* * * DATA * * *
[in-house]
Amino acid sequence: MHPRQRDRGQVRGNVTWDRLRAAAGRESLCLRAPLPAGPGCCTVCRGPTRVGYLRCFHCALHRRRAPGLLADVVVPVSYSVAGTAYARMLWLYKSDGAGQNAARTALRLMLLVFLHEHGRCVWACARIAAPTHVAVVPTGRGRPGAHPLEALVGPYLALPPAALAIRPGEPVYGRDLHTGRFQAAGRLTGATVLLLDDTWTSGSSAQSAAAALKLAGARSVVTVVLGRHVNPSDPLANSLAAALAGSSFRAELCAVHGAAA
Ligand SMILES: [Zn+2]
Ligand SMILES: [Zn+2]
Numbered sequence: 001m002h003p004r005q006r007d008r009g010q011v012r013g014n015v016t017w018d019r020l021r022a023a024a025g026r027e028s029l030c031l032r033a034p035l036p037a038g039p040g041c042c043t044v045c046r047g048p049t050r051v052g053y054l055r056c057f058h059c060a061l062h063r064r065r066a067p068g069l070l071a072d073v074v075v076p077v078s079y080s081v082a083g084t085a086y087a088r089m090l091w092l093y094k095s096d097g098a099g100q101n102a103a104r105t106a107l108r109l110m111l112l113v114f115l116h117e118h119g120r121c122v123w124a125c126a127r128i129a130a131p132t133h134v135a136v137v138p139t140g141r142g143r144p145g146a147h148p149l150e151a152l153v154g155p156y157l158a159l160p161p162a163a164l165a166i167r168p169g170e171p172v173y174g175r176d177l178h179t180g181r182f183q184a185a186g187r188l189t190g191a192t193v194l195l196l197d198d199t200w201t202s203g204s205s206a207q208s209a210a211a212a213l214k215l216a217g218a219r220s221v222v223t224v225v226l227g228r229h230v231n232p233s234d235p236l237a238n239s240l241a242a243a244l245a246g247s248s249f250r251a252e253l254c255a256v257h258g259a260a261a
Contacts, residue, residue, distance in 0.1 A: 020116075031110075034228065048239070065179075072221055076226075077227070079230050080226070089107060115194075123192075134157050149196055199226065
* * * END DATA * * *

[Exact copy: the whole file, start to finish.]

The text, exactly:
[in-house]
Amino acid sequence: MHPRQRDRGQVRGNVTWDRLRAAAGRESLCLRAPLPAGPGCCTVCRGPTRVGYLRCFHCALHRRRAPGLLADVVVPVSYSVAGTAYARMLWLYKSDGAGQNAARTALRLMLLVFLHEHGRCVWACARIAAPTHVAVVPTGRGRPGAHPLEALVGPYLALPPAALAIRPGEPVYGRDLHTGRFQAAGRLTGATVLLLDDTWTSGSSAQSAAAALKLAGARSVVTVVLGRHVNPSDPLANSLAAALAGSSFRAELCAVHGAAA
Ligand SMILES: [Zn+2]
Ligand SMILES: [Zn+2]
Numbered sequence: 001m002h003p004r005q006r007d008r009g010q011v012r013g014n015v016t017w018d019r020l021r022a023a024a025g026r027e028s029l030c031l032r033a034p035l036p037a038g039p040g041c042c043t044v045c046r047g048p049t050r051v052g053y054l055r056c057f058h059c060a061l062h063r064r065r066a067p068g069l070l071a072d073v074v075v076p077v078s079y080s081v082a083g084t085a086y087a088r089m090l091w092l093y094k095s096d097g098a099g100q101n102a103a104r105t106a107l108r109l110m111l112l113v114f115l116h117e118h119g120r121c122v123w124a125c126a127r128i129a130a131p132t133h134v135a136v137v138p139t140g141r142g143r144p145g146a147h148p149l150e151a152l153v154g155p156y157l158a159l160p161p162a163a164l165a166i167r168p169g170e171p172v173y174g175r176d177l178h179t180g181r182f183q184a185a186g187r188l189t190g191a192t193v194l195l196l197d198d199t200w201t202s203g204s205s206a207q208s209a210a211a212a213l214k215l216a217g218a219r220s221v222v223t224v225v226l227g228r229h230v231n232p233s234d235p236l237a238n239s240l241a242a243a244l245a246g247s248s249f250r251a252e253l254c255a256v257h258g259a260a261a
Contacts, residue, residue, distance in 0.1 A: 020116075031110075034228065048239070065179075072221055076226075077227070079230050080226070089107060115194075123192075134157050149196055199226065